I’ve had two servers in my Azure environment for a while, one Windows 2012 and the other Ubuntu. I don’t do much with them, except to have a representative box available when I want to try something out.
For Linux, no GUI is included; this means a command-line interface is all you get to play with. Since I’m use to Unix shells from my OS X support days, I would open up Terminal on my Mac Mini and ssh to my Linux box.
Admittedly, that was out of habit, and also not being entirely satisfied with any clients I could find for my Surface Pro running Windows 10. But then I remembered something-mumble- something in one of my Azure training videos about running a bash session in Azure CloudShell:
Voila! Meine Damen und Herren, that is tres magnifique! I can open a browser, log in to Azure, fire up a VM, then in the same browser window open up a perfectly acceptable bash terminal and ssh to that same machine. I can even maximize the session window within the browser window for full-screen ‘nixing.
While all this is well and good, I did want to see what an RDP session would look like, and once I learned that Microsoft Teams was coming out for Linux I knew I’d need a GUI. So, while I love me some command-line austerity, I was going to have to install a GUI sooner rather than later.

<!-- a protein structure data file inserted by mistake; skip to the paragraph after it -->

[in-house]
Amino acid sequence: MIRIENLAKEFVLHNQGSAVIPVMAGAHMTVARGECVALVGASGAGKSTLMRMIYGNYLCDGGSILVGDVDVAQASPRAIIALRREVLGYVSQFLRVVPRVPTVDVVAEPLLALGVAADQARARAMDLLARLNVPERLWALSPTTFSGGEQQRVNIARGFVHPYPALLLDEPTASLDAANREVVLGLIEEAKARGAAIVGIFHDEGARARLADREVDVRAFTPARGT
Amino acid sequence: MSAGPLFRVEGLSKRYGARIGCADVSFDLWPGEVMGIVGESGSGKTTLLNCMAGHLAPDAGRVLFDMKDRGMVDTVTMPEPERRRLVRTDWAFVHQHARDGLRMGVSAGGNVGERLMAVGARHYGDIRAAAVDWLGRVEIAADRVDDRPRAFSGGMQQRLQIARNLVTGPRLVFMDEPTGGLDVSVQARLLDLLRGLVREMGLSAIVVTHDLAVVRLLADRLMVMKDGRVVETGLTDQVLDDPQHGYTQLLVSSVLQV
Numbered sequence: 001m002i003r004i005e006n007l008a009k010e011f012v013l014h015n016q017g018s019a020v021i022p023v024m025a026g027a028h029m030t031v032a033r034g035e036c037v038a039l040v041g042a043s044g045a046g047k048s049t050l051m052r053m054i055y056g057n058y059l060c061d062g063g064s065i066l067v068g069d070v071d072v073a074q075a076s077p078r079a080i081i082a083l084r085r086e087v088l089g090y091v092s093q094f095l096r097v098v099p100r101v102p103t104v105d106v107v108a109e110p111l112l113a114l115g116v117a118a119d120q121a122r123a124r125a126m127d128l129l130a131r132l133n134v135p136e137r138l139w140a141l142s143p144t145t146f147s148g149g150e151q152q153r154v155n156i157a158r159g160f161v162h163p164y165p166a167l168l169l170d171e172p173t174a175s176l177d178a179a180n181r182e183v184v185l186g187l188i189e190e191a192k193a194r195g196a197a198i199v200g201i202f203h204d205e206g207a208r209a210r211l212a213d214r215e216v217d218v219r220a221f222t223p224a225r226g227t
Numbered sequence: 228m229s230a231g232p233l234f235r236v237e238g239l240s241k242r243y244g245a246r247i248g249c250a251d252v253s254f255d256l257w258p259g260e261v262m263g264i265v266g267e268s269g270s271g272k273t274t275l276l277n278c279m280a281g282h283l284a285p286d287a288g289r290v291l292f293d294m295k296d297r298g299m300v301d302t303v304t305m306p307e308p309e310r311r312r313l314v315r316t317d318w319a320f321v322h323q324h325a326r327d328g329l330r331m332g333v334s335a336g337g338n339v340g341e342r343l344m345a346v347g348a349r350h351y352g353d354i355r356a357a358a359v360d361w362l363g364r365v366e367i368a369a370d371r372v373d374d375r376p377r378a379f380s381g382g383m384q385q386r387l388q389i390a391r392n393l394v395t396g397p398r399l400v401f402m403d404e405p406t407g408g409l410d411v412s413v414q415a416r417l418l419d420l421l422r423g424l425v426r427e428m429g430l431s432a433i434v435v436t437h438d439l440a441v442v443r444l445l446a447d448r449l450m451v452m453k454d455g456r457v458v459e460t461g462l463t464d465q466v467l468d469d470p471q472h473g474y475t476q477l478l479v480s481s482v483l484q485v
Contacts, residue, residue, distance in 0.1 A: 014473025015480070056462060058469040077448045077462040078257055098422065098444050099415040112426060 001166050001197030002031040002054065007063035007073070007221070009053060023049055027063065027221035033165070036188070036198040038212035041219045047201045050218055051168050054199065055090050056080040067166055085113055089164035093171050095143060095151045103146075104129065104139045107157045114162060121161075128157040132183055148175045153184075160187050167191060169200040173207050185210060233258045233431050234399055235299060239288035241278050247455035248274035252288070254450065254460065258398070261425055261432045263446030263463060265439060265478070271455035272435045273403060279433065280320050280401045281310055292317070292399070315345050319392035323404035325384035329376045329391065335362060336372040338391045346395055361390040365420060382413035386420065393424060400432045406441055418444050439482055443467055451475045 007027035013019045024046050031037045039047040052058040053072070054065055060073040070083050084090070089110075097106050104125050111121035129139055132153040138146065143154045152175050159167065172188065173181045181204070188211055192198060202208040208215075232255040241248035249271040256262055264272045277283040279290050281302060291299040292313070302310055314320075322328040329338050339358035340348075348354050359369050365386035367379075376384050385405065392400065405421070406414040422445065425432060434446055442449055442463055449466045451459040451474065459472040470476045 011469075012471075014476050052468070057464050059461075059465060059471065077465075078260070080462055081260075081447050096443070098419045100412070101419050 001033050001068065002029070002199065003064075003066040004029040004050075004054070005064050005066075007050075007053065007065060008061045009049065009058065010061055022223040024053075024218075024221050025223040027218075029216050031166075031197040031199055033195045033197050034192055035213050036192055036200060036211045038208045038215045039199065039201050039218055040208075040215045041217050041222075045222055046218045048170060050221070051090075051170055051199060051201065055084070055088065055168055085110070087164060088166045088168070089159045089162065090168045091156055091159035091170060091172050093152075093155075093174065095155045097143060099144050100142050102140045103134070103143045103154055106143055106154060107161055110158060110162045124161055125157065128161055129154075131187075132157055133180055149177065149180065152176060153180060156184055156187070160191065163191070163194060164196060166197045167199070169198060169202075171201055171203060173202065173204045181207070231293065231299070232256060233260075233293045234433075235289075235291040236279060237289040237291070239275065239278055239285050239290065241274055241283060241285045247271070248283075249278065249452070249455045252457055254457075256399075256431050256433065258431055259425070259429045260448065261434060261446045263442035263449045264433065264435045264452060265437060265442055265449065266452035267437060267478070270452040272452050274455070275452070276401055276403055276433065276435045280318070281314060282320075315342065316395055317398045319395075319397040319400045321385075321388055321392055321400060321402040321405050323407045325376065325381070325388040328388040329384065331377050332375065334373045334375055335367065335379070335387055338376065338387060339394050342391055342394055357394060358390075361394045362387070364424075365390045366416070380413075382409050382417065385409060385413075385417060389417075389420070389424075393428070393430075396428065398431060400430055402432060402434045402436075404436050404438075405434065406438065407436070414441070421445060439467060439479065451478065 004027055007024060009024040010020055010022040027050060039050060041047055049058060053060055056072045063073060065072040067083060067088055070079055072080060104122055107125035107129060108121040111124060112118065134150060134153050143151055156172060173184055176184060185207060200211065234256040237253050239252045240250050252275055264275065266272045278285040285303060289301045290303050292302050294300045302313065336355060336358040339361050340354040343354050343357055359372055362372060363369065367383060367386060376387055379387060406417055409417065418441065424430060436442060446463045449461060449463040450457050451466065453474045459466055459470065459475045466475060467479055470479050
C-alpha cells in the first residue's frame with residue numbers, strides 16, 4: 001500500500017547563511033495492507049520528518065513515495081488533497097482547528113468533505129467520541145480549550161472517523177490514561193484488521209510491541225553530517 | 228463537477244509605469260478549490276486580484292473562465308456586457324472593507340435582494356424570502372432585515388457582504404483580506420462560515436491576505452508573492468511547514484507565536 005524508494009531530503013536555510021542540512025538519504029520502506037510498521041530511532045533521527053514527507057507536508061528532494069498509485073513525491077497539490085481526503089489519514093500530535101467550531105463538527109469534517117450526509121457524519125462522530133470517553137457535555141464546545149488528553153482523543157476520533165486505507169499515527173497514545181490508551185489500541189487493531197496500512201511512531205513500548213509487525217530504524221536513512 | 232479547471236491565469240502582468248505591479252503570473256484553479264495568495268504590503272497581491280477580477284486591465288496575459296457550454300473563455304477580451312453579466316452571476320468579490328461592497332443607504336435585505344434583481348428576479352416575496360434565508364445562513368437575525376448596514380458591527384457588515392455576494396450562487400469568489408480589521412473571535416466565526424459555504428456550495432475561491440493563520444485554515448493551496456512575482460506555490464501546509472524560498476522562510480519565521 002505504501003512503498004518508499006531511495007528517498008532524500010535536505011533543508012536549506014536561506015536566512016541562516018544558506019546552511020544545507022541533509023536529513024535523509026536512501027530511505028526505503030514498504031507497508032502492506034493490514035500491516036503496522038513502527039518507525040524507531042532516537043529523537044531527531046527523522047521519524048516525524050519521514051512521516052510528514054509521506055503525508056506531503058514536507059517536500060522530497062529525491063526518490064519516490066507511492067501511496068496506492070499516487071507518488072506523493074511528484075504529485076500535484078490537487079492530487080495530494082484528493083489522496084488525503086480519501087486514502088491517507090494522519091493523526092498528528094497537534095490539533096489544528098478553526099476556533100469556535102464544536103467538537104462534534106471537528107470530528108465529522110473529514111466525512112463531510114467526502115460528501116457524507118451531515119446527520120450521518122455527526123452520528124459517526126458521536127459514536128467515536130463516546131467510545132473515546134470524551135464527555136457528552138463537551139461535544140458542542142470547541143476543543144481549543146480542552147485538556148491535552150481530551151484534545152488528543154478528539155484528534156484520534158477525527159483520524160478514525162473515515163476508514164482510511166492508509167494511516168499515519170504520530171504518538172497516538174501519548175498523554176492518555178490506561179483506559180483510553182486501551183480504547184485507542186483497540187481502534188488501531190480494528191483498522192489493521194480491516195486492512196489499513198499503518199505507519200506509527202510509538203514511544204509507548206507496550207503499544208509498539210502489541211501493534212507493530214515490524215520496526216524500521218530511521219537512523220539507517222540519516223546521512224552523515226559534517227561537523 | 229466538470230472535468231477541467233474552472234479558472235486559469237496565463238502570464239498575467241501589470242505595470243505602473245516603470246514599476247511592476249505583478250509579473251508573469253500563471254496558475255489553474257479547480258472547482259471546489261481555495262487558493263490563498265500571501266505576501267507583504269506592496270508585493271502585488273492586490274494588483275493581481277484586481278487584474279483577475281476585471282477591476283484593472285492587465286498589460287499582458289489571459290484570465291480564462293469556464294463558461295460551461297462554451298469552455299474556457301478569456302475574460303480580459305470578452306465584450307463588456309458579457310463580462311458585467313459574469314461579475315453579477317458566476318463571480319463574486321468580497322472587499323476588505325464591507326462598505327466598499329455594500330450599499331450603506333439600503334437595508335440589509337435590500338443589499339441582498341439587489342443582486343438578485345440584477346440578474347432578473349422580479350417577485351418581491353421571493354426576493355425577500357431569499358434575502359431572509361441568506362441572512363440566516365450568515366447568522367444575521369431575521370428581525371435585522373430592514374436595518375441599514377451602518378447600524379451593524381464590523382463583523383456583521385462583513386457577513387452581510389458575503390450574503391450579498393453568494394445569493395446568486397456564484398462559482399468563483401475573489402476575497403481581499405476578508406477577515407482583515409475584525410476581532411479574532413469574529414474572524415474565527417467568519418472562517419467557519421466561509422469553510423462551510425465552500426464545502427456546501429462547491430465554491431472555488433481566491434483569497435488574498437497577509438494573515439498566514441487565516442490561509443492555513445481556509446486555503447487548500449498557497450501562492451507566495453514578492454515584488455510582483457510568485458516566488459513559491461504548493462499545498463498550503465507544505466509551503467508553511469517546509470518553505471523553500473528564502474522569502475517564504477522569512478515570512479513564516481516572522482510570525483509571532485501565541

As any ‘nix hound will tell you, part of the appeal is that there are many sources to choose from. But which would be best? Fortunately Microsoft has a kb article on setting up RDP to Linux, and that includes installing the lightweight xfce desktop, so I didn’t have to dive too far down that rabbit hole.
Now, after starting my Linux machine, when I go to connect, I can choose to either ssh or use an RDP session. When I RDP, I enter the local admin credential, and that gets me in.